The Yoruba Band: A true pioneer of the original Guyanese sound


It is true that music has the power to inspire, to entice, to move you to question the impossible, and perhaps, even dare to surpass hurdles which prevent the manifestation of your dreams.

But the collection of music by Guyanese Band, the Yoruba Singers, which has lived on for over 40 years, fills us with more than this.

The Yoruba Singers, which is currently led by its only surviving member since formation, Eze Rockcliffe, has contributed a body of work that reminds us with every listen about who we are as Guyanese, reinforces a sense of identity and belonging in our younger generation society, and effortlessly transports us to our rich folklore era. The band does these things, all the while staying true to an original Guyanese sound.

There can be no argument that the Yoruba Singers has made invaluable contributions to Guyana’s music history.

According to Rockcliffe, the goal of the Band’s music is to spread its Guyanese sound to the worldwide audience so that Guyana could get the recognition it deserves.

The powerhouse of a singer said, “Over the years, we have had lots and lots of talented artistes and the world is yet to hear from Guyana. But the goal was not achieved because there was never a leveled playing field that accommodated the artistry. There was never emphasis on exploring the possibilities of selling the art form effectively.”

Furthermore, while Rockcliffe’s Band would have produced a number of songs over the years, there are a few that he is very much attached to.

He shared, “I did a piece called, “Abuasaue” which means Tell it like it is. I’m connected to that piece because it’s one of my earlier songs which I wrote when I was about 20 years old and recorded some 30 years later. The next song that I am connected to is called “Bleeding with hate”. That too, tells a great story which is on my second album called “Fighting for Survival.” Of course, my popular pieces like “Creketeh” are more connected to me from a different standpoint; from a more indigenous, cultural standpoint.”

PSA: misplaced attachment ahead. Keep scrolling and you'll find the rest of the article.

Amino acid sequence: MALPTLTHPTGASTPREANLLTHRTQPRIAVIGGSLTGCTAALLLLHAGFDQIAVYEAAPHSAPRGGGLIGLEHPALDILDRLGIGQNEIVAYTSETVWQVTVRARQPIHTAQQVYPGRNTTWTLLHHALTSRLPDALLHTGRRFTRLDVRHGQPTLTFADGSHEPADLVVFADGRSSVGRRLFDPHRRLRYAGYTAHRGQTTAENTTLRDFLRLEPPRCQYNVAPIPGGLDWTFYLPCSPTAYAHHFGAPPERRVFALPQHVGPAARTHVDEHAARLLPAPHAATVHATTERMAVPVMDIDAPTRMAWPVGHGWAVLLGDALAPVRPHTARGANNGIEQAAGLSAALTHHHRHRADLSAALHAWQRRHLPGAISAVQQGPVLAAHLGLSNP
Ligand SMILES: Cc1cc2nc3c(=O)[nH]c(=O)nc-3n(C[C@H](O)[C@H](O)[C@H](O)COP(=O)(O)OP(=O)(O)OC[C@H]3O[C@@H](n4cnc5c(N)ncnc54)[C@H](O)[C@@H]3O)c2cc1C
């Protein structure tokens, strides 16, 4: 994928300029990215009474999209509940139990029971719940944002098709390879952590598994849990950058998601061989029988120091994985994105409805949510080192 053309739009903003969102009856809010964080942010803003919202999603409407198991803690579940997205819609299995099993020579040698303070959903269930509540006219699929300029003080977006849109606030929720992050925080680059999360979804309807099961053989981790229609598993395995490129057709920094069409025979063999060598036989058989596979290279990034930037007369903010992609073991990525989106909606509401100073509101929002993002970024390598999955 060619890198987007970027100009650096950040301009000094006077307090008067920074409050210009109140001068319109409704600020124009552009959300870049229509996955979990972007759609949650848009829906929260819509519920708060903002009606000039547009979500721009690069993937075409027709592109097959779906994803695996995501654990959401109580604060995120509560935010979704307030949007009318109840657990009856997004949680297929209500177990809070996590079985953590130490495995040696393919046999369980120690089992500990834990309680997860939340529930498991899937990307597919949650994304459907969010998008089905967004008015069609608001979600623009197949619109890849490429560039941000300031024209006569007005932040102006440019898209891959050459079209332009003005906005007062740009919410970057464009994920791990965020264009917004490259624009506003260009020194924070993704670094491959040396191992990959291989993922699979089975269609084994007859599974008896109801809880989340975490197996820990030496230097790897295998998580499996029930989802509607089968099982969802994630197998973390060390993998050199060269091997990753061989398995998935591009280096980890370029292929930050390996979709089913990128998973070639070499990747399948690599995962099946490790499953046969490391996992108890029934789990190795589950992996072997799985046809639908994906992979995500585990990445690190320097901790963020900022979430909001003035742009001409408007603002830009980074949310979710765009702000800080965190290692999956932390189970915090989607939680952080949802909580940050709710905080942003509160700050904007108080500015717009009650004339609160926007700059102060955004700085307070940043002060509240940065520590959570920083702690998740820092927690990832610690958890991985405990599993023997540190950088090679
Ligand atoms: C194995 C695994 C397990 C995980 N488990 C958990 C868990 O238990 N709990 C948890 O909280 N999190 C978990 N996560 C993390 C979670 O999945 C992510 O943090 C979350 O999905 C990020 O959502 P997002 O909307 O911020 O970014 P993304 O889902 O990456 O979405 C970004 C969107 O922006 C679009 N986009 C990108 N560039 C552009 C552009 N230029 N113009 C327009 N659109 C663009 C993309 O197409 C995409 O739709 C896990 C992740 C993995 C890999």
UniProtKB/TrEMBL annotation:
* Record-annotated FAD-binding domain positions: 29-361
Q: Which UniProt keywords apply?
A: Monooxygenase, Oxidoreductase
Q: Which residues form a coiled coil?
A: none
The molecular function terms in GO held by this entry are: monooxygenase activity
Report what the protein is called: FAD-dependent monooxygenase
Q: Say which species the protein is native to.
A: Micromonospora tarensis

Rockcliffe continued, “You know, most of the Africans came from Ghana and songs like that, passed on from generation to generation. But getting back to “Abuasaue”, when I released that song, young children would meet me in the streets and say ‘Mr. I love that song’… I believe that there is some spiritual connection with the song’s lyrics.”

The entertaining performer added, “Part of that song says, “Knowing your history is priority to guide us and give us the strength, we made our mark in the universe, yes we contribute to world events…” And you know there are some who think that we never did anything in terms of recorded history but in the song I say, “…We contribute to world events…” then I cite the pyramids of Egypt, the discovery of the alphabet, blood transfusion etc and those are significant contributions our race made to the world.”

Furthermore, in spite of the challenges that Guyana’s music industry may face, Rockcliffe remains optimistic about the longevity of folklore music in Guyana.

Elaborating on this point, Rockcliffe said that it would be a matter for the administrators and musicians in this country and for the corporate world as well. He noted that Dave Martins and the Tradewinds have done a fantastic job in keeping folk traditions alive and applauds him heavily for their contributions. Another group which has done a great job in this area is the Chronicle Atlantic Symphony explained Rockcliffe.

“But I am a spiritual person and because of the God that I serve I know folklore music would not die,” the entertainer added.

Additionally, the Yoruba Band recently launched its first cover album. The CD titled , “Songs We Love To Dance,” consists of 14 songs. The songs were recorded at Kross Kolor Records. The enthralling album features vocals by Eze Rockcliffe, Keron Richards, Kenneth Rockcliffe and Joycelyn Rockcliffe with  Xenophan Goliah on the Keyboard and Peter Callender working the Bass.

For more information on how you can obtain your copy , be sure to make contact with the Yoruba Singers on #2257714.

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